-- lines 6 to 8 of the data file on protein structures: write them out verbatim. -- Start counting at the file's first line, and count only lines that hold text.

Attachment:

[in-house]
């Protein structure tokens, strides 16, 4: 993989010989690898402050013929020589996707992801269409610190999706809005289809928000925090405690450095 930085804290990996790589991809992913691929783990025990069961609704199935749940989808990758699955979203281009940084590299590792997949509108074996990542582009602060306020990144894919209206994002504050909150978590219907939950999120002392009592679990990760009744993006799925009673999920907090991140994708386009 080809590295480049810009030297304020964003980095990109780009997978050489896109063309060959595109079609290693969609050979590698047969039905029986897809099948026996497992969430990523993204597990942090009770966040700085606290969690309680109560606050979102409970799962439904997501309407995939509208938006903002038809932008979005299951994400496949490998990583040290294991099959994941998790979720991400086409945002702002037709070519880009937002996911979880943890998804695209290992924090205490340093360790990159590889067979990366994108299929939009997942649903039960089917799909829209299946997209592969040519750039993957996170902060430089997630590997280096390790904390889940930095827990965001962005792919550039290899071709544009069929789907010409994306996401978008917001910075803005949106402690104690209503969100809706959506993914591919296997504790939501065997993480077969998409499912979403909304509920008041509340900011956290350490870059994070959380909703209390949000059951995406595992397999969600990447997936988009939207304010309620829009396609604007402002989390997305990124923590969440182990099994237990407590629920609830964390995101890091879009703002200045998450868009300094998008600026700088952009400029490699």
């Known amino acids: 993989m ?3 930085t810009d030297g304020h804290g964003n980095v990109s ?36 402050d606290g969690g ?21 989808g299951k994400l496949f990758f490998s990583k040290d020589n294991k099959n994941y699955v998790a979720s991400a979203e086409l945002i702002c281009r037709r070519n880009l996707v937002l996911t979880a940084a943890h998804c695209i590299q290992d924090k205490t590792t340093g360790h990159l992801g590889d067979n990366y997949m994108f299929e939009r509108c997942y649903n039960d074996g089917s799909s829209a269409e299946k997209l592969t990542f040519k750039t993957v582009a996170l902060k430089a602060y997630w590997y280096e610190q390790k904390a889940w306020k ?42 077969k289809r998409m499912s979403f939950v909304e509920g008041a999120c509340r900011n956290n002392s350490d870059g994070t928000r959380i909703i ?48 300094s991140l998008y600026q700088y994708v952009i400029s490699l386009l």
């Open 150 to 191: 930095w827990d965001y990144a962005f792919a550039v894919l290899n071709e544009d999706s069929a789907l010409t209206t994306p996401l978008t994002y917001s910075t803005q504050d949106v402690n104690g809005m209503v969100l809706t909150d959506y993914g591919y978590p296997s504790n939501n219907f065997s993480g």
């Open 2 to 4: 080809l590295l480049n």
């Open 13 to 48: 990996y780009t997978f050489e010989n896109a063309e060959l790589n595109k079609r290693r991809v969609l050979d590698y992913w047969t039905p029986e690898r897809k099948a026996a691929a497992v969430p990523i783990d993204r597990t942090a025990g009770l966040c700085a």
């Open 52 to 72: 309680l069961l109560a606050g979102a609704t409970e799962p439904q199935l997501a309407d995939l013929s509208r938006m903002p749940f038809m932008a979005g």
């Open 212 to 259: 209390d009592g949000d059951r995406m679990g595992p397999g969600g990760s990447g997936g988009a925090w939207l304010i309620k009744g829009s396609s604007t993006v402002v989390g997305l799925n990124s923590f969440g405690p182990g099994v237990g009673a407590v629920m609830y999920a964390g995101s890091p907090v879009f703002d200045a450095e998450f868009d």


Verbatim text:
């Open 13 to 48: 990996y780009t997978f050489e010989n896109a063309e060959l790589n595109k079609r290693r991809v969609l050979d590698y992913w047969t039905p029986e690898r897809k099948a026996a691929a497992v969430p990523i783990d993204r597990t942090a025990g009770l966040c700085a």
């Open 52 to 72: 309680l069961l109560a606050g979102a609704t409970e799962p439904q199935l997501a309407d995939l013929s509208r938006m903002p749940f038809m932008a979005g």
């Open 212 to 259: 209390d009592g949000d059951r995406m679990g595992p397999g969600g990760s990447g997936g988009a925090w939207l304010i309620k009744g829009s396609s604007t993006v402002v989390g997305l799925n990124s923590f969440g405690p182990g099994v237990g009673a407590v629920m609830y999920a964390g995101s890091p907090v879009f703002d200045a450095e998450f868009d």